Tuesday, December 21, 2010

Candy Experiments at Sensational Homeschooling

My guest blog about holiday candy experiments just went up at sensationalhomeschooling.com.  Since my readers can no longer access that site, here's a recap of the article:


At www.candyexperiments.com, we experiment with all sorts of candy to learn science lessons about melting, density, colored dyes, and ingredients.  This month we looked for ways to use up some of our holiday candy and found these two experiments you can try at home:

Chromatography
Many candy colors are made by mixing dyes.  You can separate these dyes with chromatography.  While brown M&Ms are the most fun to separate (they form a rainbow of color), M&M green also separates.

To try chromatography with your green holiday M&Ms:
1. Cut a rectangle of coffee filter paper (about 4" x 2").
2.  Wet a green M&M and dab a spot of color onto the paper, about one inch from the bottom.  
3.  Fill a glass with 1/2 inch of water.
4.  Fold the paper vertically.  Then stand it in the glass, with the color spot above the waterline.  (If the paper doesn't stand up, fold the top over the edge of the glass, making sure the paper still touches the water.) 
5.  Wait a few minutes as water seeps up the paper.  The water will dissolve the color spot and separate it into faint streaks of yellow and blue, with the blue on top.   

Candy Canes vs. Sugar
Candy canes, which are made from a mixture of heated sugar and corn syrup, melt at a lower temperature than table sugar.  Here's how you can see for yourself:

1.  Line a baking sheet with foil and preheat your oven to 250 F.
2.  Place a candy cane and a sugar lump on the baking sheet.
3.  Heat in oven for 5-10 minutes.  What happens to the candy cane?  What happens to the sugar?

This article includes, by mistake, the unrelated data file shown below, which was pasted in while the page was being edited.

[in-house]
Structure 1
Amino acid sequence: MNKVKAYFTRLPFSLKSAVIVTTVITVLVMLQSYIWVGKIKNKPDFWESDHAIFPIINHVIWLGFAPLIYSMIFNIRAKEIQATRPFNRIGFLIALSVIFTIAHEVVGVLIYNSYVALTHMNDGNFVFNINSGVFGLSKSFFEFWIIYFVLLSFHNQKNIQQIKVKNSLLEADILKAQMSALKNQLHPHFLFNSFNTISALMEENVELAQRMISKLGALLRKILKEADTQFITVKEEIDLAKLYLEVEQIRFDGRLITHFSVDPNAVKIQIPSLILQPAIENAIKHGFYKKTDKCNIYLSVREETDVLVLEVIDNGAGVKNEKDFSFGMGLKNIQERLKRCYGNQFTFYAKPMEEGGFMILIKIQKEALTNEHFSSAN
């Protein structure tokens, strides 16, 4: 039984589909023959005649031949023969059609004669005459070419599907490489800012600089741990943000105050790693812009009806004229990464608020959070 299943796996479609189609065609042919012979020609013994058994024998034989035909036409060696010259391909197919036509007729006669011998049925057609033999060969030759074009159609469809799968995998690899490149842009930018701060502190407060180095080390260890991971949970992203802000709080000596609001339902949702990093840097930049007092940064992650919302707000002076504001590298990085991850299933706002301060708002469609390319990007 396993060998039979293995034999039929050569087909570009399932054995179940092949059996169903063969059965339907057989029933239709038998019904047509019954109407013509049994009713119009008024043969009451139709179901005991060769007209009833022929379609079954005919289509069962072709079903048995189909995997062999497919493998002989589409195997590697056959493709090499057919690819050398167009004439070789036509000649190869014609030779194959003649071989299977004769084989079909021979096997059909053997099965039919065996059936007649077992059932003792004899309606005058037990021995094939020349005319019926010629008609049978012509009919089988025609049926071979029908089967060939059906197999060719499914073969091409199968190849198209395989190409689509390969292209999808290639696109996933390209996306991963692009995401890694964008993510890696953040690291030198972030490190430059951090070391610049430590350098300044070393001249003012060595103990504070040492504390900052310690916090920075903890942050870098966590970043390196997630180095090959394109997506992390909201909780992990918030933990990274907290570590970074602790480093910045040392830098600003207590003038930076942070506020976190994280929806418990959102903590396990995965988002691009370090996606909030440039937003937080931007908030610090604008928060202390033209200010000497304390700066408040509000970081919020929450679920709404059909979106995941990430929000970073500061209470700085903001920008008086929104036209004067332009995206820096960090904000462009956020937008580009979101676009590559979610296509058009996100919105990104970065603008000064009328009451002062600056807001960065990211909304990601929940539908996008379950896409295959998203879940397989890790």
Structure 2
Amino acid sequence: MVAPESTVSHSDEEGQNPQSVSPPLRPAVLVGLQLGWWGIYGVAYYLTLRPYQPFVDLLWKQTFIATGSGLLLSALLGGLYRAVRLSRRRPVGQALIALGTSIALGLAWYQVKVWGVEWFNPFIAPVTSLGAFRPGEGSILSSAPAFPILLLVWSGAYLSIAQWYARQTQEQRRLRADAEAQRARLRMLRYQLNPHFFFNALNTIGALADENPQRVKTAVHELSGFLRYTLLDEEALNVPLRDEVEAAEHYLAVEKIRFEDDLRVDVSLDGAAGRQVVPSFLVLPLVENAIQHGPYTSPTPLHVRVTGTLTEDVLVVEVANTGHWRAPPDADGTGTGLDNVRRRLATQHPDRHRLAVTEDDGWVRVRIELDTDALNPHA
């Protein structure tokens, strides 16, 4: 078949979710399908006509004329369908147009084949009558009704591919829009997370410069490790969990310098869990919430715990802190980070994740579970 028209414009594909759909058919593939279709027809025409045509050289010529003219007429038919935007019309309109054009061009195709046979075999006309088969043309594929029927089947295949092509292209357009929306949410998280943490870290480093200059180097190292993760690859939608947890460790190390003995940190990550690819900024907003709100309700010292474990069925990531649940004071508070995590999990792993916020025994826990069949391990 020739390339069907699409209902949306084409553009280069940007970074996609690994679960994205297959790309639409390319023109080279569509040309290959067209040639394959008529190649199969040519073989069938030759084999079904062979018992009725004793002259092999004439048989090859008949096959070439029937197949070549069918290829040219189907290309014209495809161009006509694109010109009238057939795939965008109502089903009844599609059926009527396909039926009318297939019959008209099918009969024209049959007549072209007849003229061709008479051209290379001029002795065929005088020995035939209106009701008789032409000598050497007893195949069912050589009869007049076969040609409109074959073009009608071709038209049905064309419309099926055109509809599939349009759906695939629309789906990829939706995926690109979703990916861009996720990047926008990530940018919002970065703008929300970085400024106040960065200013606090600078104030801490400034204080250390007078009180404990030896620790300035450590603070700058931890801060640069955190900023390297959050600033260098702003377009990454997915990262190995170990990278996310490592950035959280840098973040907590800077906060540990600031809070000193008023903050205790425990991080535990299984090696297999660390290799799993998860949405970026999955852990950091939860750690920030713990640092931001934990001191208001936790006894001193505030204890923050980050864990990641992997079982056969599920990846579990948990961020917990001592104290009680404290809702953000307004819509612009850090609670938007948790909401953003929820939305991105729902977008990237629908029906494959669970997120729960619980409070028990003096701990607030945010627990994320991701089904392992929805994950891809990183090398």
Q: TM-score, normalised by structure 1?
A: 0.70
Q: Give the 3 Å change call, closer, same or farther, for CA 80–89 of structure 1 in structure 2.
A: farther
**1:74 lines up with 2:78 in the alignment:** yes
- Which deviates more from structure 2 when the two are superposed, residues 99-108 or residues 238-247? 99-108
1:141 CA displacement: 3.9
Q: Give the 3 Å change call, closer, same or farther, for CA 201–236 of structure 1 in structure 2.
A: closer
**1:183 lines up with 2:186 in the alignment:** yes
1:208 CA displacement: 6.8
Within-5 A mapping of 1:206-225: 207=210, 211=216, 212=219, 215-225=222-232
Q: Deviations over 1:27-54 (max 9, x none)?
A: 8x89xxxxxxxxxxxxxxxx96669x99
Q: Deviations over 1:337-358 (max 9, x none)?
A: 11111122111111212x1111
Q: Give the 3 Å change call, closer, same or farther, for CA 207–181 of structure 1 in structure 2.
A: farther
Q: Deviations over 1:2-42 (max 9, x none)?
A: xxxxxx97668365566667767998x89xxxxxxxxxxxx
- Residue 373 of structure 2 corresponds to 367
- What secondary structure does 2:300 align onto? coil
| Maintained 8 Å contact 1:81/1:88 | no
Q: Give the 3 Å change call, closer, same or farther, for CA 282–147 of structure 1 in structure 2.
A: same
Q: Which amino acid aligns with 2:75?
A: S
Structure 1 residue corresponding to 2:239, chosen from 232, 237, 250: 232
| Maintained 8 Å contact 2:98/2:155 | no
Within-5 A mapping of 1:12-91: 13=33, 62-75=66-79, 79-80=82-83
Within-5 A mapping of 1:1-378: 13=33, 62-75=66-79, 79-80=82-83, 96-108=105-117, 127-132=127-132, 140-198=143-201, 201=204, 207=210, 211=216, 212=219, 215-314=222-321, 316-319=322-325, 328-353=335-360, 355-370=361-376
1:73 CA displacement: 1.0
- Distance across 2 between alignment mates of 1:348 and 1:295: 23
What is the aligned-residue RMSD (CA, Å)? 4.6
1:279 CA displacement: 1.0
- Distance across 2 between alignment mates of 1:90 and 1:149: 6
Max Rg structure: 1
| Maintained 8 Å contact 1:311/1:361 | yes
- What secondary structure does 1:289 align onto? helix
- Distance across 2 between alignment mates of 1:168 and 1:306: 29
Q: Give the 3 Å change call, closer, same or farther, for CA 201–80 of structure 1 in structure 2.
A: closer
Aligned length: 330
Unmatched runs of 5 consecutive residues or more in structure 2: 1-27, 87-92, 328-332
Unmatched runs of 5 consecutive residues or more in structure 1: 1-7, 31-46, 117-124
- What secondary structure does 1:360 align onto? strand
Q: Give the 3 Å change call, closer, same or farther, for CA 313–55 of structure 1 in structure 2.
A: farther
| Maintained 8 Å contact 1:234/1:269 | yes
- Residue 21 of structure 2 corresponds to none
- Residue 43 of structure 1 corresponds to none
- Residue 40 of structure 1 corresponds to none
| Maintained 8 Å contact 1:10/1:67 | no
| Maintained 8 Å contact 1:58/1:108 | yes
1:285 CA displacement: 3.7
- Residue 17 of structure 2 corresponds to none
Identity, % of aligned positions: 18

Candy Cane Shapes
Warm candy cane is pliable, or easy to bend.  In the factory, straight sticks of warm candy are bent into curved candy canes, before they harden and cool.  You can turn candy canes into other fun shapes by doing this:

1.  Take a square of foil.  Fold it several times lengthwise to make a long strip.
2.  Shape your strip into a funny shape.  You can fold it accordion-style to make a zig-zag, curve it gently up and down into S-shapes, or raise the edges up to form a C.
3.  Lay the candy cane on top of the foil.  Place in oven on baking sheet.
4.  Wait several minutes.  Does your candy cane melt into the shape of the foil? 
(Note: since candy canes vary in size and ingredients, they will melt at different speeds. Check every few minutes; candy canes melted too long will turn into bubbling puddles.)

This holiday season, don't feel overwhelmed by too many holiday treats. Turn them into candy experiments.  Soon the whole family--even you--will be begging for more.

2 comments:

  1. Thanks for telling me--I don't think it was private a month ago! Since you can't access the blog, I've posted the entire article here.

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